Tuesday, May 5, 2009

Tsunami? NOAA's got our back.

There were many things that struck me as odd when I moved to the North Island from Winnipeg when I was eight years old. All the kids in my grade three class called their backpacks "pack sacs", and cutting in line was "budging". But weirdest of all was when the orderly fire drill I had come to know and love morphed into a crawl-on-the-floor, hold-onto-your-desk-and-count extravaganza. Turns out, there was no fire: we were having an earthquake drill!

Earthquake drills are still practiced in schools on the North Island, because here on the Pacific North Coast we are located in a prime earthquake risk zone. Scientists believe that a large earthquake in the Cascadia subduction zone might take place in our lifetime. Along with our fear of earthquakes, comes a fear of the resulting tsunamis.

But fear not, fellow Pacific Coasters! The USA's National Oceanic and Atmospheric Administration has got us covered. Following the disastrous tsunami in South Asia in 2004, the Bush administration authorized a $37.5 million upgrade to NOAA's international tsunami warning system. Last year, the final two buoys in the Deep-Ocean Assessment and Reporting system, or DART2 were deployed. Now there is a network of 39 tsunami-assessing buoys in portions of the Pacific and Atlantic Oceans, the Gulf of Mexico, and the Caribbean Sea.

The idea behind the design of this system seems simple to me, and with the help of this diagram, it becomes even simpler to understand.
First, a passing tsunami creates changes in water pressure;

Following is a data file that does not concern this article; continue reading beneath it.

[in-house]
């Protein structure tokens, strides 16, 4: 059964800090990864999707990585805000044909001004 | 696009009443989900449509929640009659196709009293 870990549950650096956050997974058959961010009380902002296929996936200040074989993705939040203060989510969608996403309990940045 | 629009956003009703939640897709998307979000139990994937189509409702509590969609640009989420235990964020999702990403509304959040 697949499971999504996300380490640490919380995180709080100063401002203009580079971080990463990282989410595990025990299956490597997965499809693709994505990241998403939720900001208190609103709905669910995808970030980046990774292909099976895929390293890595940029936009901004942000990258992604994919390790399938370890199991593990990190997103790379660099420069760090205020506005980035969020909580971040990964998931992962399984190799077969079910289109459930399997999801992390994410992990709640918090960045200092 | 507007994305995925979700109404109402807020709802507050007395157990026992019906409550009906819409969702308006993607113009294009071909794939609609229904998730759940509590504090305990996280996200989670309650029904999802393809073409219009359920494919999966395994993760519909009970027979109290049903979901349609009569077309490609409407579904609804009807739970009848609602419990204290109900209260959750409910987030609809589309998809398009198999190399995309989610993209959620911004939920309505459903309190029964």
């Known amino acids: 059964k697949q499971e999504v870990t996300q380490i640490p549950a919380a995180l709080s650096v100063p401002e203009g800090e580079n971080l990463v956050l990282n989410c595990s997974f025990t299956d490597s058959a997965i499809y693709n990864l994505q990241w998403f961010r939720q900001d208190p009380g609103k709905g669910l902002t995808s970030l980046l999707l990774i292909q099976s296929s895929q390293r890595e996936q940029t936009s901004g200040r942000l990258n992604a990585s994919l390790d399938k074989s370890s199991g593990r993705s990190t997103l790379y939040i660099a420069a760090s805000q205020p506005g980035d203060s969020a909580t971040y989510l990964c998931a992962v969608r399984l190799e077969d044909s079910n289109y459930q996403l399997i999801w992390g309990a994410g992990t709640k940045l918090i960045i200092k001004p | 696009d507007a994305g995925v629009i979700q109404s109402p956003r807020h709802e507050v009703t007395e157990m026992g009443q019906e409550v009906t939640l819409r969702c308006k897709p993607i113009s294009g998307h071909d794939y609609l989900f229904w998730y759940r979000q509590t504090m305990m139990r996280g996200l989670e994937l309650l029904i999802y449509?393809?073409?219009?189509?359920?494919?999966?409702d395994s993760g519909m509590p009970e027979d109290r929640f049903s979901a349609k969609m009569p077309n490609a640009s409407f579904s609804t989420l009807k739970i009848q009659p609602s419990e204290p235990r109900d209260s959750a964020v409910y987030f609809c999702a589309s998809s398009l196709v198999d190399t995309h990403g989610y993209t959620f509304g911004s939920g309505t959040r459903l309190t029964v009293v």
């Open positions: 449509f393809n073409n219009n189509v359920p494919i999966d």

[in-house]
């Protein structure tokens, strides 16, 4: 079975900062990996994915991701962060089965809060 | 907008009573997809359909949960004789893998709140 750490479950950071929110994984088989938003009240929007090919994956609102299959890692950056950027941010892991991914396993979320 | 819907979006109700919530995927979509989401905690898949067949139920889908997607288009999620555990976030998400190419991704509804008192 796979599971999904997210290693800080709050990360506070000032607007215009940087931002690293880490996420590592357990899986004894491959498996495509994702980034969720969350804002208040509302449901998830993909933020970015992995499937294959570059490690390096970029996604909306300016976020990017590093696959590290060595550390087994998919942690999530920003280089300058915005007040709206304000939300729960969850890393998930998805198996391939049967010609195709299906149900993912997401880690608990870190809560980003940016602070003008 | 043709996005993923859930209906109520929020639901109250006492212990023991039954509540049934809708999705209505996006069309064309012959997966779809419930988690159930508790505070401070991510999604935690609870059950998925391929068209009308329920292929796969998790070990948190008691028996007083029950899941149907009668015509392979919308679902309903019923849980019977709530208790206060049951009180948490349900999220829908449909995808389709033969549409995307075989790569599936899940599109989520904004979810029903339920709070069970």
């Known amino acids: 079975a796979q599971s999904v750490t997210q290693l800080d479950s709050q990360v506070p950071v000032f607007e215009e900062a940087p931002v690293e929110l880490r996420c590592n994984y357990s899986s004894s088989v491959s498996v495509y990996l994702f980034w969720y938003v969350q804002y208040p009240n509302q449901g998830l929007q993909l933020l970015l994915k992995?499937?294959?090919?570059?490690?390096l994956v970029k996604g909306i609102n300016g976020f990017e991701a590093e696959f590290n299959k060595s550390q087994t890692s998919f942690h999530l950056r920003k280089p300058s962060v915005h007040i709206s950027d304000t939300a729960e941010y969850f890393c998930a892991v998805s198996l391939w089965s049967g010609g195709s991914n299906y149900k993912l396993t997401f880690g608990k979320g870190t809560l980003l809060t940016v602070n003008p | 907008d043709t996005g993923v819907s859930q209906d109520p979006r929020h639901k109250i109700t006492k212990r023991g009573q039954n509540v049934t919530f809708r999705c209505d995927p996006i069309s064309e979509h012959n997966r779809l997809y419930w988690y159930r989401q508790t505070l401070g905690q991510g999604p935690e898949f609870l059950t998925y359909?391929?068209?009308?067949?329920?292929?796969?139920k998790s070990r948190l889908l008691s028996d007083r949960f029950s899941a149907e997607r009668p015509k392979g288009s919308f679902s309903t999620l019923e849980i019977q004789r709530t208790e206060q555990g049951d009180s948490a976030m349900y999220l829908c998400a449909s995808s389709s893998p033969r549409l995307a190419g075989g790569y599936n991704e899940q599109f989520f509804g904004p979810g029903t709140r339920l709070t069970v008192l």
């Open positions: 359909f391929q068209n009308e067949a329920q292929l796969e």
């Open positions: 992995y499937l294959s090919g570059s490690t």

Next, a bottom pressure recorder monitors changes in pressure, and acoustically sends potential "events" to a surface buoy moored above.
The surface buoy relays information to a communications satellite, and this data is received in a tsunami warning center in the USA. Areas in danger can then be quickly notified.

How long does this process take? “From the time a buoy detects something to the time that information arrives at the warning center is usually less than five minutes from any ocean. Then it takes maybe 10 more minutes to process the data, come up with a determination of threat and send out a response.”1

So the idea is: if ever there is a tsunami about to crash into the Port McNeill harbor, our friends at NOAA and the tsunami warning center will inform us of this fact well in advance of any impending danger. Then, just in case I become blinded by terror and forget to run AWAY from the water, I will be reminded by my local constituency's contribution to the tsunami preparedness effort: tsunami evacuation route signs, pointing UP the hill. Genius.

No comments:

Post a Comment